I’m not going to suggest Jigsaw gets nominated for any Academy Awards, but The Spierig Brothers definitely know how to play in the Saw wheelhouse, bringing their own ideas for horror to the games in a way that’s inventive and exciting for the dormant franchise.

Writers Pete Goldfinger and Josh Stolberg also pen a worthy follow-up script that’s both familiar and an homage. There’s no denying that naysayers are still going to dislike this franchise and even the possibility that franchise faithfuls are going to turn their back on the series because of Jigsaw‘s worn-in sensibilities and that’s fine, but perhaps they missed the point.

Jigsaw isn’t a straight-up reboot or a direct sequel, but instead a standalone film that pays homage to the series. It’s not solely focused on rebooting the franchise to start up the money truck over at Lionsgate, although I’m sure they’re hoping it catches on, but instead it gives us a new game, with new consequences and new outcomes. It does feel like a blend of a few endings from previous installments, but isn’t that the point when paying tribute?

The Spierigs and their team of writers have taken the best of the previous films and updated them with a fresh coat of paint (or pain). They make great use of the budget on inventive traps and kills that are surely going to make fans squirm in their seat, yet they tack on their own little twist ending that attempts to bring back that shock factor into the mix.

It’s not as effective as the original Saw or even its first few sequels, but it works a lot better than the last few.

I can see why Lionsgate didn’t simply try to make a sequel to the series, because most of the Saw‘s relied on setup for the eventual sequel. It’s one big trap — finish off the entire mystery of the series in a small runtime will probably end up with a messy script and scattered ideas, but make another sequel that bombs and fans will again be waiting for that final closure that never comes.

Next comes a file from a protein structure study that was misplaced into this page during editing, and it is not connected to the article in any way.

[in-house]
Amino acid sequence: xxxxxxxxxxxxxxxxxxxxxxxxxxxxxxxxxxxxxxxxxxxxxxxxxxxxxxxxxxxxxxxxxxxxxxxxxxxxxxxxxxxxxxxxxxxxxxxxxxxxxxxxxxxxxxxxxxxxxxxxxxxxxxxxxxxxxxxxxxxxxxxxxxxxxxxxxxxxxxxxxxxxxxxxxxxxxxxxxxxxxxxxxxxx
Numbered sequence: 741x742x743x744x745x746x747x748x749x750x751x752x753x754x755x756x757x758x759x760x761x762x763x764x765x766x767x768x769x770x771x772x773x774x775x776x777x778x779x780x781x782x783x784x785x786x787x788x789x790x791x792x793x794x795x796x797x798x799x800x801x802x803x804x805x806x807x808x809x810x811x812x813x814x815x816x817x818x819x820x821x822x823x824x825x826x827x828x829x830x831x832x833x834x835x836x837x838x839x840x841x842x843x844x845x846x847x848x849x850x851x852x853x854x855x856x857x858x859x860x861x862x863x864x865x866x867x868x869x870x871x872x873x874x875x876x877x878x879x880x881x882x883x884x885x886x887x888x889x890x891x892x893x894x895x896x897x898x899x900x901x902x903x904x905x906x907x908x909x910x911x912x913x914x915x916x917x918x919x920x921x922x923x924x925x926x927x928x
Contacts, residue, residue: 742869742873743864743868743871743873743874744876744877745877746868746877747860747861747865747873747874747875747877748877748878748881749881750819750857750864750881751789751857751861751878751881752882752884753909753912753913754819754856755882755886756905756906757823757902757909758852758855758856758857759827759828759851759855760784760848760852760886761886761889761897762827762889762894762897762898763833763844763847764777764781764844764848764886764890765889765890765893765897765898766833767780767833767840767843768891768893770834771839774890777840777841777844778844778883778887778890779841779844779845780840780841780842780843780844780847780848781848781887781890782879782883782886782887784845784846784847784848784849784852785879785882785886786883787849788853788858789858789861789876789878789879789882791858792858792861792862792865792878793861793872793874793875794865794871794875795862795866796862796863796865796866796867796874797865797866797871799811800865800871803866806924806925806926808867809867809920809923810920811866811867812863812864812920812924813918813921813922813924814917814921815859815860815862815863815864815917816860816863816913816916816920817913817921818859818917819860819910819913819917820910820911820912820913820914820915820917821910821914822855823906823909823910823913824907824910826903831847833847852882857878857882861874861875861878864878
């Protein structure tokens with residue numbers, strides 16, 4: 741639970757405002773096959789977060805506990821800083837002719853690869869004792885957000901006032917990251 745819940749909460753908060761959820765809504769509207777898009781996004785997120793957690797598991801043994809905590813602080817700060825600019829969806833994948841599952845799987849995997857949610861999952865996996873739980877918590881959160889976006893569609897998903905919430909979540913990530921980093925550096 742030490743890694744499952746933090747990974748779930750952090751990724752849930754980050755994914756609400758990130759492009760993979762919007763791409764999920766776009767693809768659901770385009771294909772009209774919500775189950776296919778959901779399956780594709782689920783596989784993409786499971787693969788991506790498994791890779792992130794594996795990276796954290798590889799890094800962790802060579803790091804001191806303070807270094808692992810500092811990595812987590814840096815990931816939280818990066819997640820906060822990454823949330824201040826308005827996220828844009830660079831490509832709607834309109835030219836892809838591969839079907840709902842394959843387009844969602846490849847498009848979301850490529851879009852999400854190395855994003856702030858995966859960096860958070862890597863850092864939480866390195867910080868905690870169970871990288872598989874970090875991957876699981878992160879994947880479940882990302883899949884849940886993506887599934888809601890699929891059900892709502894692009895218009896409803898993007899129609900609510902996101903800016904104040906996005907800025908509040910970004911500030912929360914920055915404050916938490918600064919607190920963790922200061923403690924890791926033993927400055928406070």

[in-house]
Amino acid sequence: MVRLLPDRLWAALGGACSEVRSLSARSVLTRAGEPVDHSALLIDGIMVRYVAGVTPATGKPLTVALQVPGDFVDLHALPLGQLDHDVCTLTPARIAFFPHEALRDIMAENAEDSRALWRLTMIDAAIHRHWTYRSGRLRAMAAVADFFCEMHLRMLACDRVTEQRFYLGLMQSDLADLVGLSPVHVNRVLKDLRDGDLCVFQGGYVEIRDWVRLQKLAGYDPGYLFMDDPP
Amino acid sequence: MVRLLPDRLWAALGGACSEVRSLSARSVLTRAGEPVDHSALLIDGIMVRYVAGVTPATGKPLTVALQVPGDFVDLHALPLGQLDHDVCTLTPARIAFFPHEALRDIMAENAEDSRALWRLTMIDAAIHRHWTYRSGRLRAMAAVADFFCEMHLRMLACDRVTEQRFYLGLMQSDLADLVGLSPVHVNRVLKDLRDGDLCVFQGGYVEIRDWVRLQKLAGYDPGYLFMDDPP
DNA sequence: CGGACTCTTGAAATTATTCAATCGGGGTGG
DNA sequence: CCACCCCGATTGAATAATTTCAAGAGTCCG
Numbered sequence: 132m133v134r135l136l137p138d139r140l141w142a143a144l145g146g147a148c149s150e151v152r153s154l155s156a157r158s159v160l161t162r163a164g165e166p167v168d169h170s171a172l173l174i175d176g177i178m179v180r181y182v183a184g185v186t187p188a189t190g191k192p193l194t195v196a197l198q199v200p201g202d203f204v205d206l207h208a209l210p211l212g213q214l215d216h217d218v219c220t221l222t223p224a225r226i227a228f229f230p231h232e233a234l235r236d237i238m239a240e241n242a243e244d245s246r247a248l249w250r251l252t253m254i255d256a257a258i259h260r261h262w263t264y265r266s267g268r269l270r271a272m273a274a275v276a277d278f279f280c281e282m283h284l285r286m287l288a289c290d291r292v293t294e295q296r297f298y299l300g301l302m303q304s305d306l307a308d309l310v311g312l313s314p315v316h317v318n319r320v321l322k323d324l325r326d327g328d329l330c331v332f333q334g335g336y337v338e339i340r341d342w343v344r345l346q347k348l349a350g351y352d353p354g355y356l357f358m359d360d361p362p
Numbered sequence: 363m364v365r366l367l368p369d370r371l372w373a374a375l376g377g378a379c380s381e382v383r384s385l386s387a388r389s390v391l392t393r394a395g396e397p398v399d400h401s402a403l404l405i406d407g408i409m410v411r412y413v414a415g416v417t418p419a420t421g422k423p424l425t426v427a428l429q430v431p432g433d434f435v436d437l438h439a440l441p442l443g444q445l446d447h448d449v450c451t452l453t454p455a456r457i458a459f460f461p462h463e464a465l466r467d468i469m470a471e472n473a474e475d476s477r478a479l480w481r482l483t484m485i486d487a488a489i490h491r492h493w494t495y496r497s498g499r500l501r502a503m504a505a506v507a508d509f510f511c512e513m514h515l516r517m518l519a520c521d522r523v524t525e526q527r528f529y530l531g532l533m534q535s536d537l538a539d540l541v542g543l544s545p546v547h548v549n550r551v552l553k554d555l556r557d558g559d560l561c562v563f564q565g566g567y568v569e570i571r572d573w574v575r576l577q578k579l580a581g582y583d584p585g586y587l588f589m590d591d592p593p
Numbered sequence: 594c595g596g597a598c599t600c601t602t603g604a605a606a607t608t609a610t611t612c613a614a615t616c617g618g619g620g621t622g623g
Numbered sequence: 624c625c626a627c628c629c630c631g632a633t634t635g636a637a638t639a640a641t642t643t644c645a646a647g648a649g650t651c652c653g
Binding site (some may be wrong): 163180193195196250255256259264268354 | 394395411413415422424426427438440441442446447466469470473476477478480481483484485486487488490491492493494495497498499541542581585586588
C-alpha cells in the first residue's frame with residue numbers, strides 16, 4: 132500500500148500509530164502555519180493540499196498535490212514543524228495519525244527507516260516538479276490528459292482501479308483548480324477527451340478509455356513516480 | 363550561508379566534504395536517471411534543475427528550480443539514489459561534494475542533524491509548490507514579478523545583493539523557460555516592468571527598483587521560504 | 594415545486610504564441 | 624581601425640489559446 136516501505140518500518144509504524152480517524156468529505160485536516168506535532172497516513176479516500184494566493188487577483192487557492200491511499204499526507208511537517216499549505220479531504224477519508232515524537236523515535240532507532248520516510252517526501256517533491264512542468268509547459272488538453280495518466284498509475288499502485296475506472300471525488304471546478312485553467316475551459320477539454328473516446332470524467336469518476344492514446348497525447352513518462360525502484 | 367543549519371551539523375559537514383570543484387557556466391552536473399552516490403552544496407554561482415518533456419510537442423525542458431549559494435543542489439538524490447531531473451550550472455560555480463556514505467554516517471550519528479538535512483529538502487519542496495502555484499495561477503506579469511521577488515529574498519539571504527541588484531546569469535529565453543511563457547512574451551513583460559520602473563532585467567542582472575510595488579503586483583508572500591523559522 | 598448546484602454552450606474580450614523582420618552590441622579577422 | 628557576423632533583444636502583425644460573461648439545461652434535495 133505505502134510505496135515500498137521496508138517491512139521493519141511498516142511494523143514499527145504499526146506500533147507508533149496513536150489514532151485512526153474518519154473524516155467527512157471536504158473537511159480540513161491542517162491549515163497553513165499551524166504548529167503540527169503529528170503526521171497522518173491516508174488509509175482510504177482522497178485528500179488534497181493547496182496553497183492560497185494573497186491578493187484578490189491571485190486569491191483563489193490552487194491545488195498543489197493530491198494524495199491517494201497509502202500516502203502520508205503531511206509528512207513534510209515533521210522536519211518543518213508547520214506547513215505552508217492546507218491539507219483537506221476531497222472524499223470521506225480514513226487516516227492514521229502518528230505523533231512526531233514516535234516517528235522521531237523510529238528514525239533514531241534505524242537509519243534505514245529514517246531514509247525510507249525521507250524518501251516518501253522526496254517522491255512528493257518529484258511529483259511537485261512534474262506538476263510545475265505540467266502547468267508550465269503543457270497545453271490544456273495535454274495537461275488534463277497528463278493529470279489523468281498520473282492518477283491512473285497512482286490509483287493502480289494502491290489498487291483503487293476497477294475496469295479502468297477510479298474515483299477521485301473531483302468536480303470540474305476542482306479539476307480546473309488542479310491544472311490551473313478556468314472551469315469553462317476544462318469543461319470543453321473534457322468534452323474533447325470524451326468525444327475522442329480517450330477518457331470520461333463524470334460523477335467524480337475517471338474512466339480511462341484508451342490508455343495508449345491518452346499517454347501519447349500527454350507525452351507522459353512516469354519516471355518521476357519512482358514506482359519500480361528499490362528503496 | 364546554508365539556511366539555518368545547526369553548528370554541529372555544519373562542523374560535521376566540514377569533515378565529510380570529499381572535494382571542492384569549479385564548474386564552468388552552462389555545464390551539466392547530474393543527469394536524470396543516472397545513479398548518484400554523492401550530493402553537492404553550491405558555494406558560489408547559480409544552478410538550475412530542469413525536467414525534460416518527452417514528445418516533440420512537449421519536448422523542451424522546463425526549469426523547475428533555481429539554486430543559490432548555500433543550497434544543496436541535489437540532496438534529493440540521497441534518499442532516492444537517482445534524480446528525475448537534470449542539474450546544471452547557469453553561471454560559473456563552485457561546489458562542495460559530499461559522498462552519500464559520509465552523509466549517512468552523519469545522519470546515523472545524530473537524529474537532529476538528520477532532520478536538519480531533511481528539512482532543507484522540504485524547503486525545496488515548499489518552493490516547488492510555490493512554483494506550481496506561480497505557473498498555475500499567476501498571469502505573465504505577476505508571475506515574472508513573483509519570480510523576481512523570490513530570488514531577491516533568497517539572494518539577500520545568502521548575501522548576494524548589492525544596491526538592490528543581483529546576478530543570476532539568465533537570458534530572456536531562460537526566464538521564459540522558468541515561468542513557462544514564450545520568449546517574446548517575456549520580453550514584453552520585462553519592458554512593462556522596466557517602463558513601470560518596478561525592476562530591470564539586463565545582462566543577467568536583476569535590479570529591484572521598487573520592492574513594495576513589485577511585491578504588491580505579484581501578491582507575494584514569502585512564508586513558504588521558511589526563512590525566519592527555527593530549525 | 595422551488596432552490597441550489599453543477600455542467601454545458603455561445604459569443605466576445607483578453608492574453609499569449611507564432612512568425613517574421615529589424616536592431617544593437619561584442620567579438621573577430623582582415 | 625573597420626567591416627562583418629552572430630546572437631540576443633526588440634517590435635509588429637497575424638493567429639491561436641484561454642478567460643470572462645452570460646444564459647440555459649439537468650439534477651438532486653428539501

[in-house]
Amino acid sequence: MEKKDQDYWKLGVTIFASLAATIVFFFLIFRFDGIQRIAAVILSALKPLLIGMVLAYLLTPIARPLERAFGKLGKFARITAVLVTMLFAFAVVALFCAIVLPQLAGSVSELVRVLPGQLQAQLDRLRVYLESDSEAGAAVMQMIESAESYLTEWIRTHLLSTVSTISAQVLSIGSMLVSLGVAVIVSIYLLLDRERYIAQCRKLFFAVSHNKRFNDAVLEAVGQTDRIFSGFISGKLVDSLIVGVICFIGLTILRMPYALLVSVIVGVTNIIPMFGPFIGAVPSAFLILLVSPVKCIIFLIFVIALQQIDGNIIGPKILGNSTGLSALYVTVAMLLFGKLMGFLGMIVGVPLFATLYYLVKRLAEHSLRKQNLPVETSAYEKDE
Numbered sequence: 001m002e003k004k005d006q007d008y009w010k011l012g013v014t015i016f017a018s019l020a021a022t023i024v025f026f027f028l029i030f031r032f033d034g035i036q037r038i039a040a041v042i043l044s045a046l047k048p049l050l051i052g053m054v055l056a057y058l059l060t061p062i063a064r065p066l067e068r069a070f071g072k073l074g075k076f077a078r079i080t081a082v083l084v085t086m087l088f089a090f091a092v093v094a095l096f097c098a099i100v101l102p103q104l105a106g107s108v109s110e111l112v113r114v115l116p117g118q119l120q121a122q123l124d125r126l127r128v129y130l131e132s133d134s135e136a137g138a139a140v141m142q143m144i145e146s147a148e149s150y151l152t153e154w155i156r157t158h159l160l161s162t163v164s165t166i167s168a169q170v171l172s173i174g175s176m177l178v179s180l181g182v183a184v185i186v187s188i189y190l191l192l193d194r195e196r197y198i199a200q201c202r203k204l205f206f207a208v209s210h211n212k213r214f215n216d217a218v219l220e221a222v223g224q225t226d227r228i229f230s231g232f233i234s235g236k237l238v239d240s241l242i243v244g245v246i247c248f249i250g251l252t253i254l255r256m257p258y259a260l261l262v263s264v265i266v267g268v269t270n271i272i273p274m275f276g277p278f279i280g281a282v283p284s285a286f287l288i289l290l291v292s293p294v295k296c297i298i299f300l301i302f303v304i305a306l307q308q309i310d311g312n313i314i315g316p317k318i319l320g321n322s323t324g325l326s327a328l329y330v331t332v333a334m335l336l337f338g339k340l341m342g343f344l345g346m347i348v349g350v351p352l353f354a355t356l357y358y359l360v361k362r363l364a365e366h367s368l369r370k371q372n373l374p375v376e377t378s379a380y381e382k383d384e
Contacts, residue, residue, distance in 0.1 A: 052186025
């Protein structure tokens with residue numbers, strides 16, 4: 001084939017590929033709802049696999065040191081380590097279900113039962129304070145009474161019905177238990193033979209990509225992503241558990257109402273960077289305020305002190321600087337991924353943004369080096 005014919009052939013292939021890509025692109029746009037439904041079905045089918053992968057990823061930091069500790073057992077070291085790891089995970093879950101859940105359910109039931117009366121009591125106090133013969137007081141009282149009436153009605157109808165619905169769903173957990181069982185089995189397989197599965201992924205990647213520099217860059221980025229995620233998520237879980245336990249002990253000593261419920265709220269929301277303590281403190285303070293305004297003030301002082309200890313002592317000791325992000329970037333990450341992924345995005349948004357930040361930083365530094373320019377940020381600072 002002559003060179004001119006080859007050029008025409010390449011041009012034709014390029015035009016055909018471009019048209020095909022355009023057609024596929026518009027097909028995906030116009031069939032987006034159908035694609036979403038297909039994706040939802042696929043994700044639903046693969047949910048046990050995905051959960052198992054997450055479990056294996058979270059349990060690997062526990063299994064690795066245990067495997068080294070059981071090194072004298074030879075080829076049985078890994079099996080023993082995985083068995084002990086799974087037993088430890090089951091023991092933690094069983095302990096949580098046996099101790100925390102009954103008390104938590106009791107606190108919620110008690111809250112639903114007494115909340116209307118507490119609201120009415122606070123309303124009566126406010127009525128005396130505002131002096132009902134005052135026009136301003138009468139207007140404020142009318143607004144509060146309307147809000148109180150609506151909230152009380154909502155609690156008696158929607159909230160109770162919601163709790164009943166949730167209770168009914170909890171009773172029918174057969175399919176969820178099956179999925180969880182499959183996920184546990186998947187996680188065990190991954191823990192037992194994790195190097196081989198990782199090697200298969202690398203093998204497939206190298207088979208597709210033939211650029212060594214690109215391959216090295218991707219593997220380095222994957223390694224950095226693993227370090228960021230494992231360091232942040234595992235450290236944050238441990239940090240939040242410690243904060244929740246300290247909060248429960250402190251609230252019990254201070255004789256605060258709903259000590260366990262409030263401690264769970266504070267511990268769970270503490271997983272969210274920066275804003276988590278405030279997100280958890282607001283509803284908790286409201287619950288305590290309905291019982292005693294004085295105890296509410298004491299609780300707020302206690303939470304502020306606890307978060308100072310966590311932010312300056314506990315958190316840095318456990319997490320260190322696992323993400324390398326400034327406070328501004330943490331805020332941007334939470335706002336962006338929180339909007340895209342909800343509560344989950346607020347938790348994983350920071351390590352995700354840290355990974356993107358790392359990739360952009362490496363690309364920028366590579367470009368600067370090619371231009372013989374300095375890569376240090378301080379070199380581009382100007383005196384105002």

Jigsaw attempts to bring back old viewers and possibly interest newcomers. Perhaps it’ll spark some interest, but if not — the story still feels complete in its own right and I can respect that and admire that, even if I’m still wishing we would have gotten better closure from The Final Chapter.

Fans of the series should appreciate Lionsgate’s efforts to bring in fresh talent to stir up that same bloody pot, even if they don’t full-on relaunch the franchise. It’s a test that we can prove successful by supporting it.

Haters are going to pick apart the film’s logic and bite their thumb at the over-the-top gore. Jigsaw is a film that assumes it knows every single person’s moves and I’m aware that isn’t 100% possible, but that doesn’t mean the film can’t be entertaining.

I personally enjoyed walking down memory lane with the film and being thrown into the nerve-inducing scenarios that rely on gut instinct and actual teamwork to reveal the greater “lesson” being told. Saw as a franchise is definitely past its prime, but most studio tentpoles are, so why not explore something not immediately worried with continuing the blood line and instead wants to throw on that old pig mask and chain you to a pipe in an extremely well-lit, yet disgusting old basement with a convenient sliding door?

Game over? Naw, the game has just begun!